Take a look at the congested freeways that wind through Los Angeles County. Motorists sit for hours to move a few miles during the morning commute. The agony continues on the way home. Even the weekends can be unbearable sometimes. That's why Los Angeles County voters should say 'yes' to Measure J, an extension of Measure R in 2008 that will expedite an array of highway and light-rail improvements - and do it for far less money.
Measure J would continue the half-cent sales tax through 2069, allowing the county to speed up critical projects and take advantage of low interest rates and construction costs.
As one proponent said, 'It's acceleration on steroids.'
Measure J comes at a challenging time with so many other bond and tax issues competing for the attention of voters in November. But this is not a new tax. Saying no wouldn't stop the 2008 sales tax or any of its transportation projects.
In its favor, voters can already see the fruits of Measure R, which has produced tangible results in fewer than four years: The Crenshaw and Exposition rail lines and the Orange Line bus lane extensions, to name a few examples.
Future voters should be footing some of the bill for transportation projects that they will benefit from by paying a mere 50 cents on every $100 spent in the county through 2069. That leverage would allow current taxpayers the ability to see some of the projects come to fruition and actually enjoy the benefits now.
For example, the Green Line — which abruptly ends in an obscure area of Redondo Beach — would be extended farther down into the South Bay by 2020, a full 15 years earlier than initially promised.
The Gold Line eastside extension into San Bernardino County would be completed by 2022, which is 13 years earlier than projected. Several highway projects throughout the region would also be accelerated, aimed at improving capacity on traditionally congested arteries such as the 405, 605 and 110 freeways.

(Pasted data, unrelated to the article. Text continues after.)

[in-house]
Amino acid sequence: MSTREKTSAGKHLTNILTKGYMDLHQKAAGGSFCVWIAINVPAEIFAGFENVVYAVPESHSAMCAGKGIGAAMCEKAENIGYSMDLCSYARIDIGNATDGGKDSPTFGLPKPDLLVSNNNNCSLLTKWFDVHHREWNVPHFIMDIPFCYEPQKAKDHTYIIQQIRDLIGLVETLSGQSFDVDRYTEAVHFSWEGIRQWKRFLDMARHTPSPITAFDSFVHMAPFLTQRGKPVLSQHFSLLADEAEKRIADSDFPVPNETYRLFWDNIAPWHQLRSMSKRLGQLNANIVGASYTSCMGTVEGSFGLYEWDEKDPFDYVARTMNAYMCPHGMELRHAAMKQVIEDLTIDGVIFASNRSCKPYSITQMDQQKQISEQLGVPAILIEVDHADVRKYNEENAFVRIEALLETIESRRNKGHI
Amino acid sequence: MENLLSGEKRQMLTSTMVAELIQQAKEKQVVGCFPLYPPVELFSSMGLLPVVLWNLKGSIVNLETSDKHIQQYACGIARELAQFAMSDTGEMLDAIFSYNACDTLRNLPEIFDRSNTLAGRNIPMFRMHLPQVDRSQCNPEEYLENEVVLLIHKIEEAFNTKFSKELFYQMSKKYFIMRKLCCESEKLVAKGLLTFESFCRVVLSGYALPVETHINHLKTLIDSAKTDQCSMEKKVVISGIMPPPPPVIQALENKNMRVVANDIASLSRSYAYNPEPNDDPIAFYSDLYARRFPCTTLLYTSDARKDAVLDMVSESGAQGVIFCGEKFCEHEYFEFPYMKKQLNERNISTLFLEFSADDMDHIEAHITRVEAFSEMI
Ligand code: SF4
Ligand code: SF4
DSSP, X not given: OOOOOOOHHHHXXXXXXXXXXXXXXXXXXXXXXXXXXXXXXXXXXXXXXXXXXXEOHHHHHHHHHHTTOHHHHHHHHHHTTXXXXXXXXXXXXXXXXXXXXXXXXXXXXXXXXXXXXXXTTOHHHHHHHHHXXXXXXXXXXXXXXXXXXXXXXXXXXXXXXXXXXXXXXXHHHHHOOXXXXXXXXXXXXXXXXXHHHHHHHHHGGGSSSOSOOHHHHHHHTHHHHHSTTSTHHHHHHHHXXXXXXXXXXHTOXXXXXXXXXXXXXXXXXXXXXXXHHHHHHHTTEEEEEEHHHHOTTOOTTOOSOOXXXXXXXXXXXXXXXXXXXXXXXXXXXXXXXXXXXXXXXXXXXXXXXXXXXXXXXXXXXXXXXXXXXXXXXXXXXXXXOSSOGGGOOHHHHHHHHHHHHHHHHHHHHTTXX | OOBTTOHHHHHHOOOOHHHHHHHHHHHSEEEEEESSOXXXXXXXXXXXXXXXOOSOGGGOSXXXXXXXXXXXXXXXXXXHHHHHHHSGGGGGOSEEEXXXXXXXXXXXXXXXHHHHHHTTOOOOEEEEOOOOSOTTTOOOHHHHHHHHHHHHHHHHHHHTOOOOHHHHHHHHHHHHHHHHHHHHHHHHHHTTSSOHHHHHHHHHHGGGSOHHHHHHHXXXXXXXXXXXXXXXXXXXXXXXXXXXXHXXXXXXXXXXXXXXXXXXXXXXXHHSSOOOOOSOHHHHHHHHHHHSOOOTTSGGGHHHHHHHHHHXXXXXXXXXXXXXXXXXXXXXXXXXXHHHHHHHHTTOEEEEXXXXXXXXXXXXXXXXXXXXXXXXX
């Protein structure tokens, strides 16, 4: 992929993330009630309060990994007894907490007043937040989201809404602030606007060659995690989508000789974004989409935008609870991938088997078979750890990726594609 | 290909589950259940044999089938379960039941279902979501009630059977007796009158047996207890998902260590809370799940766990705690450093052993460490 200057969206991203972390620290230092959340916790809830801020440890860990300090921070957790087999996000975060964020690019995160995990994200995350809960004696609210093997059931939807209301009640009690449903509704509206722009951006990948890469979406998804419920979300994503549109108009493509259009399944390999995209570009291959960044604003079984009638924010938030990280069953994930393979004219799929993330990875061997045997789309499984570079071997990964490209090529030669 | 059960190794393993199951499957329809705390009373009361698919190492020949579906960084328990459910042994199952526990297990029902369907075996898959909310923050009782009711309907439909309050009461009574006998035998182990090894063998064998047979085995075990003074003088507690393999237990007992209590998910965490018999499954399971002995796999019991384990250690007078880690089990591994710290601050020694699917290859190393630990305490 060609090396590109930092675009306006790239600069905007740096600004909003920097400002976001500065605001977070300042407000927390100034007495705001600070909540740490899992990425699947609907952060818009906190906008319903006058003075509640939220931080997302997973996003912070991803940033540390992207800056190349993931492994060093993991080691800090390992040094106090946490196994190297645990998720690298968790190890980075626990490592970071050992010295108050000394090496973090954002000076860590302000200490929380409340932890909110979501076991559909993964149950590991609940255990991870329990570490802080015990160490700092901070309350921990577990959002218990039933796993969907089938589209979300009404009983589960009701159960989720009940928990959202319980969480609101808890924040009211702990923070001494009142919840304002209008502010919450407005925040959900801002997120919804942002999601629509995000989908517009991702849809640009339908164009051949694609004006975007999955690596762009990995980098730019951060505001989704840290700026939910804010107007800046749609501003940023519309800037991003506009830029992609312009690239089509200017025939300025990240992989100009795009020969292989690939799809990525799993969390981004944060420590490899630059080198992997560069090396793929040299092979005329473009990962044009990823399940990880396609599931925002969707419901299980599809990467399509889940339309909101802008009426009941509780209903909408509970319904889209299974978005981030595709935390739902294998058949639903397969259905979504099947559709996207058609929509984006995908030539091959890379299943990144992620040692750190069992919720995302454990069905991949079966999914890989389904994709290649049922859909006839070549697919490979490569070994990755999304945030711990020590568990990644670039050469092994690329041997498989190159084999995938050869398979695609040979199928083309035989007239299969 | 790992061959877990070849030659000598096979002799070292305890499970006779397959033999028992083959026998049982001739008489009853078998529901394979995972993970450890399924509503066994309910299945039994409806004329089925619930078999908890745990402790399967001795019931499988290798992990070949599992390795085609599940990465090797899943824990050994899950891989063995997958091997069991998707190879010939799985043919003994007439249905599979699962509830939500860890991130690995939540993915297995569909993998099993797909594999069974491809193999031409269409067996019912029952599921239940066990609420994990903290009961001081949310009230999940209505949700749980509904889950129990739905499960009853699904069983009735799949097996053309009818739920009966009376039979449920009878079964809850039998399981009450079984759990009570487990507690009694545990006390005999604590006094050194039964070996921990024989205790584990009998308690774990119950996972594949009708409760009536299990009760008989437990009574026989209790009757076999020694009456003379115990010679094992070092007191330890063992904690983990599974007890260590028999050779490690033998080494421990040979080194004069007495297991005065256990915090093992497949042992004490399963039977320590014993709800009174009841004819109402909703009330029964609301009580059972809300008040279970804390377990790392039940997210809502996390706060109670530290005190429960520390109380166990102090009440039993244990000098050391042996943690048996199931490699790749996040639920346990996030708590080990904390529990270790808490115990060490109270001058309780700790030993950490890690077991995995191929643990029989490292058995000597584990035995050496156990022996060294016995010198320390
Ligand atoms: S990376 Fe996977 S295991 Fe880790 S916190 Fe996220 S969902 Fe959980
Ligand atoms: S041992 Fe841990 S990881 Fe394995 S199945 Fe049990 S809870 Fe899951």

Opponents incorrectly claim that Measure J gets rid of some of the protections that prevent money grabs from one project to another - specifically to support Los Angeles Mayor Antonio Villaraigosa's pet project known as the "Subway to the Sea." That's not true.
An amendment by Duarte Councilman John Fasana - a former opponent of this tax who has since converted - prohibits these funds from being transferred from one region for another.
For example, money earmarked for highway projects in the San Gabriel Valley could be reallocated to the Gold Line rail line extension - but not for a subway extension into the Westside of Los Angeles. Projects slated for the South Bay, the San Fernando Valley and other areas of Los Angeles County are similarly protected, thanks to Fasana.
Another gripe is that this is just too soon. But that can be fixed by future taxpayers. If this sales tax doesn't make sense 25, 30 or even 50 years from now then it can be reprogrammed to include new projects that we might not be able to foresee as the region's transportation needs evolve. Future voters - our children and grandchildren - can even opt to end it through a referendum.
By voting for Measure R four years ago, Los Angeles County voters showed they would do just about anything to ease the daily grind of traffic congestion during their commutes.
Voters can - and must - speed along the progress of transportation projects aimed at making their lives a little easier by voting in favor of Measure J on Nov. 6.
Read it in the Daily News.